There's another letter in the New Ulm Journal about well-testing, this one from Mark Berle, a corn and bean farmer who grows crops in nearby Nicollet and Sibley Counties.
Berle suggests that "political farm organizations should quit playing defense on water quality issues and put that energy toward offensive, proactive clean water solutions."
Here's Berle's letter, Well water testing:
I thought everyone would support free well water testing, especially in Brown County where sound science has shown and continues to reveal areas where groundwater aquifers are rapidly recharged and at high risk of contamination. Testing is even more important due to the strong presence of agricultural production practices that could possibly cause elevated nitrate levels in the water.
Allowing state funded testing for free is a democratic way of saying: Taxpayers are willing to pay a very small amount of money to prevent a potentially large loss of health to its citizens. We should want to give an incentive to those who deserve and need to know what is in their water.
Individuals and political organizations that are on the “anti-regulation” bandwagon would likely change their views if and when they or their families are hurt or killed by an action that could have been prevented through regulation. The local farm coops fully understand this concept. They put safety first and have employment positions such as Safety Director because life and good health is precious. They believe that rules and regulations regarding safety and health are more important than profit. A recent coop newsletter had the quote: “Every OSHA rule or regulation is written in someone’s blood.” Perhaps political farm organizations should quit playing defense on water quality issues and put that energy toward offensive, proactive clean water solutions. Complex issues such as this are better understood and problems more quickly resolved via public/private partnerships where government agencies work with private entities such as the rural well owners, area farmers, private agronomists and local farm supply firms. It upsets me to thing that the Brown County Commissioners were swayed by political pressure to reject a program that would reveal what is in our water, and instead, perhaps, leave us with fear of what we don’t know is in our water.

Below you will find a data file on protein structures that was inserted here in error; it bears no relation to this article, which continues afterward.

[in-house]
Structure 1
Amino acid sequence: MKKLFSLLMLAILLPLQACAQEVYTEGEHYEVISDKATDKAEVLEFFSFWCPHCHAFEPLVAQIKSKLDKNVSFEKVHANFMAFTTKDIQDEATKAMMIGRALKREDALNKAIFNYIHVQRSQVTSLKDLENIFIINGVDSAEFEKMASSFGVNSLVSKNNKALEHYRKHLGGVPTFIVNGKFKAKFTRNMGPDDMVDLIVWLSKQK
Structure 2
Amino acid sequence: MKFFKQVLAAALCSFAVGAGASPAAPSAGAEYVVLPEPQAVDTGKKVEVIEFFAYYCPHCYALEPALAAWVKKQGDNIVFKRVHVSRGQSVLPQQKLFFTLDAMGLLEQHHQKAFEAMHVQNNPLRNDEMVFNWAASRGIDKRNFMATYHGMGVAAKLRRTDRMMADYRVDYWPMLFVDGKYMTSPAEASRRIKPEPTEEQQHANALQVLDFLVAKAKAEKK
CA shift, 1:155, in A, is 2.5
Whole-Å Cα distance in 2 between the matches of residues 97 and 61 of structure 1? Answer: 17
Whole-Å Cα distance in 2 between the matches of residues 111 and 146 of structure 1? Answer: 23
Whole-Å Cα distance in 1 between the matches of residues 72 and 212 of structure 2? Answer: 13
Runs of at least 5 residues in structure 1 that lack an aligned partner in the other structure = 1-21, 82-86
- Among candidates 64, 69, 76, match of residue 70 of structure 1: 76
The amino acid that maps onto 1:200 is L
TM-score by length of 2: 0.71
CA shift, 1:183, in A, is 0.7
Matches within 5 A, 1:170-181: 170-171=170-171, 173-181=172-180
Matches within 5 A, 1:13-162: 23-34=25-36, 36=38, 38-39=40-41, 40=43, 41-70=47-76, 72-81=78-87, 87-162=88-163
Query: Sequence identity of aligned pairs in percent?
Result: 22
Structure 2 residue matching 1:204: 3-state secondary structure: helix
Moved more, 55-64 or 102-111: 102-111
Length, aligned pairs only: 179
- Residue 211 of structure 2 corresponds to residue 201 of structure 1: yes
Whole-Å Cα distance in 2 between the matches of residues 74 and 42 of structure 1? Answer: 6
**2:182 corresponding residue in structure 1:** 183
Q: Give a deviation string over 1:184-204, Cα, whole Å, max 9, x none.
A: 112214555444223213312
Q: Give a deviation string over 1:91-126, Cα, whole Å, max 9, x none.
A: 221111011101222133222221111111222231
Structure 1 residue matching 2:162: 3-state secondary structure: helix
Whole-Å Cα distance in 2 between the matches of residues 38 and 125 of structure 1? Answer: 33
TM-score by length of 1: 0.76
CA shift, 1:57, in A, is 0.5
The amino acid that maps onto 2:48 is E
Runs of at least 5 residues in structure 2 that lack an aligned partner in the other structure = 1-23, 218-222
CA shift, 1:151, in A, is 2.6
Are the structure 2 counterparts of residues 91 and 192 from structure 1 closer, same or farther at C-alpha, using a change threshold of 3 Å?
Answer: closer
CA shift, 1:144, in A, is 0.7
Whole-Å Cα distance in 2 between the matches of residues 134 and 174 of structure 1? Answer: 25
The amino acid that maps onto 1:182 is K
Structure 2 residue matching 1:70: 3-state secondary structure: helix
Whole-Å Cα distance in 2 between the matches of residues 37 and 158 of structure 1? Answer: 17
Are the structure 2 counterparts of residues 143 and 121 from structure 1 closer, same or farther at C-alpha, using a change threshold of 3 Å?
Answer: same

If someone gives you a free smoke detector, thank them and mount it in your kitchen. Don’t be afraid that it may occasionally go off because the grease in your pan may have become too hot.
Nice analogy. To extend it: perhaps there are those in Brown County who are just plain comfortable not installing batteries in their smoke detectors.
Earlier on this issue
Bluestem first posted about the Brown County well testing revolt on December 20 in Nitrates: Brown Co turns down MDA well testing aid because somebody might blame farmers. Another post about this issue: An enemy of the people; or, agriculture as usual: Strib editorial dings Brown Co commissioners.
We explored Brown County Farm Bureau activist Harley Vogel's letter to the New Ulm Journal in our post, Blame bison for dirty water, not farmers, Farm Bureau Honorary Life Member tells NUJournal. That letter was probed in Brown County: MN Well Owners Organization Veep thinks well testing opponents misinformed.
Meme: The Brown County Board of Commissioners.
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